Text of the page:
Edmonton Oilers chief scout Stu MacGregor knows whose name he wants to call with the team’s second consecutive first overall pick at the NHL Entry Draft in Minnesota June 24.
Of course, MacGregor isn’t about to tell me who he has in mind, and he’s not above letting people try to sway his opinion when he and his scouting staff, along with GM Steve Tambellini and president of hockey operations Kevin Lowe, open four days of meetings in Phoenix May 15.
Regardless of who MacGregor has in mind, it won’t be a two-horse race (one that soon turned into a runaway for Taylor Hall over Tyler Seguin) like it was a year ago at this time when he and his scouts compared a season worth of notes and put together a final list heading into Los Angeles.
My guess is Ryan Nugent-Hopkins of the Red Deer Rebels is the player MacGregor has pegged for the top pick. Then again, it could just as well be smooth Swedish defenseman Adam Larsson. And what about big Sean Couturier of Drummondville, red-hot Jonathan Huberdeau of Saint John or Gabriel Landeskog of Kitchener?
If you look at the rankings of all the different scouting services and talk to hockey people, you can make a case that any one of the above players should be part of the conversation. Does that diversity of opinion exist on MacGregor’s staff?
That’s what the meeting is for.
MACGREGOR HAS HIS GUY
"I’m pretty good on one, yes," said MacGregor, when I asked him if he’s leaning toward any one player at this point. "I feel pretty good about my guy, yes."
A lot of people would be willing to wager that the gifted but undersized Nugent-Hopkins is the player MacGregor likes with the first overall pick. The slight centre obviously has talent and he plays a position the Oilers didn’t fill last summer when they took Hall over Seguin.
After all, MacGregor and a rotating series of Edmonton scouts, along with Lowe and Tambellini among other team brass, have had eyes on the kid, as you’d expect, several times this season.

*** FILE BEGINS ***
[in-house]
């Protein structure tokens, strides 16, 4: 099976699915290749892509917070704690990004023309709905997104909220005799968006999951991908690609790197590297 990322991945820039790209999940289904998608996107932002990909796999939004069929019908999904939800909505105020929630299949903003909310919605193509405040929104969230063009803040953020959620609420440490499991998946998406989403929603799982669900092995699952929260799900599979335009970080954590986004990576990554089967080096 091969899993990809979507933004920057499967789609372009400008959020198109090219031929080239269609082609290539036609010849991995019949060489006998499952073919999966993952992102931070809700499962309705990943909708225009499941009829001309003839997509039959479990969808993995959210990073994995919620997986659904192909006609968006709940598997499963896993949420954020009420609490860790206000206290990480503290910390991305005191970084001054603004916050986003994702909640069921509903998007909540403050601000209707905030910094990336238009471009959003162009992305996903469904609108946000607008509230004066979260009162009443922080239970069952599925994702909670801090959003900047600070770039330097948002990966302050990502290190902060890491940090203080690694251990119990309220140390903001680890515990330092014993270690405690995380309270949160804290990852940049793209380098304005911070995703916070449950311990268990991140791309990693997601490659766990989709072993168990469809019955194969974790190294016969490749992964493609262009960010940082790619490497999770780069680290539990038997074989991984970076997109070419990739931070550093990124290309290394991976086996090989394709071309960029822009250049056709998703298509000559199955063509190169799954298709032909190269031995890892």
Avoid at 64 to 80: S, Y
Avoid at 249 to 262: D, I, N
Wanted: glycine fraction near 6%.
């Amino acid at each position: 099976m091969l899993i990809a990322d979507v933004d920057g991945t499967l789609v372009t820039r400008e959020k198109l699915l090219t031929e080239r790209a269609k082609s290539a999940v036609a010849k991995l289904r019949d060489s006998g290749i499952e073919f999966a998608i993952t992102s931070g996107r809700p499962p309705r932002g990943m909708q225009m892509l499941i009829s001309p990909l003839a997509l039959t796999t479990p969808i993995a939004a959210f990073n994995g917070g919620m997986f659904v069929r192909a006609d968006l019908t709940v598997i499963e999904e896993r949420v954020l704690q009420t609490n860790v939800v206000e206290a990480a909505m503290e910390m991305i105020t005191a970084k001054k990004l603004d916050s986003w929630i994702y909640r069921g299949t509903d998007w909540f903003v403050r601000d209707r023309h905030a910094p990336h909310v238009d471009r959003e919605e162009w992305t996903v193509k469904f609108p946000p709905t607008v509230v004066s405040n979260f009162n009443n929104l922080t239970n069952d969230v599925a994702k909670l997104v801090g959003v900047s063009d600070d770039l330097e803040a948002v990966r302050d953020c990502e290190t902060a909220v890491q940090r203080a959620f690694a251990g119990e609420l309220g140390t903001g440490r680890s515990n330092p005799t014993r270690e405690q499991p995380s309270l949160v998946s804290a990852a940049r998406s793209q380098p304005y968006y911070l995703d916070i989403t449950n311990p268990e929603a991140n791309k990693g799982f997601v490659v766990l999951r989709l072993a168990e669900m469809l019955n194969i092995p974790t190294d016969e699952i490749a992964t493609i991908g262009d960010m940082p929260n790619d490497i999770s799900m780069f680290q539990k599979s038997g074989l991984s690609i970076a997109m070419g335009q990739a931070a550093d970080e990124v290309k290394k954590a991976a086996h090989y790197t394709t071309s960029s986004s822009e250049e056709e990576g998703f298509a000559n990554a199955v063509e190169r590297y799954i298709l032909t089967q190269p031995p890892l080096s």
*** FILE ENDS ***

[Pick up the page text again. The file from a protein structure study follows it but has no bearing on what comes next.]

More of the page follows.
Then again, MacGregor just got back from the east coast where he was following Huberdeau, who has been tearing it up of late. And he was just over in Europe to see Larsson. Eyes on Couturier. Eyes on Landeskog. He’s been living out of a suitcase, making only occasional stops back home in Kamloops.
"There’s a lot more players in the mix this year than there was last year," said MacGregor, who was completely sold on Hall by the time the staff met at Predator Ridge a year ago. "Probably four or five . . . I would think that you could hear, probably, four."
By the time Hall and Windsor rolled through the playoffs and Memorial Cup a year ago, it was obvious to MacGregor who the Oilers had to pick. It’s not nearly as cut-and-dried this time, and that’s why there’s bound to be plenty of lively debate in Arizona.
"This is where we put our final list together," MacGregor said. "We make some major decisions on positioning and how it all fits together."
If there isn’t a clear and concise consensus with his staff, MacGregor gets the deciding vote. It’s a standard part of a process in which a year or more of travelling, drinking bad coffee and taking notes culminates with everybody making a case for the player they have in mind.
"If you watched Oil Change, this is where everybody was talking about each player (a year ago)," MacGregor said. "This is where most of your major discussions go on. We’ll have more at the draft and so on, but this is where the majority of your work gets done."
Is Nugent-Hopkins the player MacGregor has in mind? He isn’t saying. Might he be swayed if one or two or more of his scouts insist Couturier, Larsson, Landeskog or Huberdeau is the way to go? Maybe. By the way, who is the one you’re "pretty good on," Stu?
"That’s a good one," he laughed. "I knew that was coming."
Listen to Robin Brownlee Wednesdays and Thursdays from 3 p.m. to 5 p.m. on the Jason Gregor Show on TEAM 1260.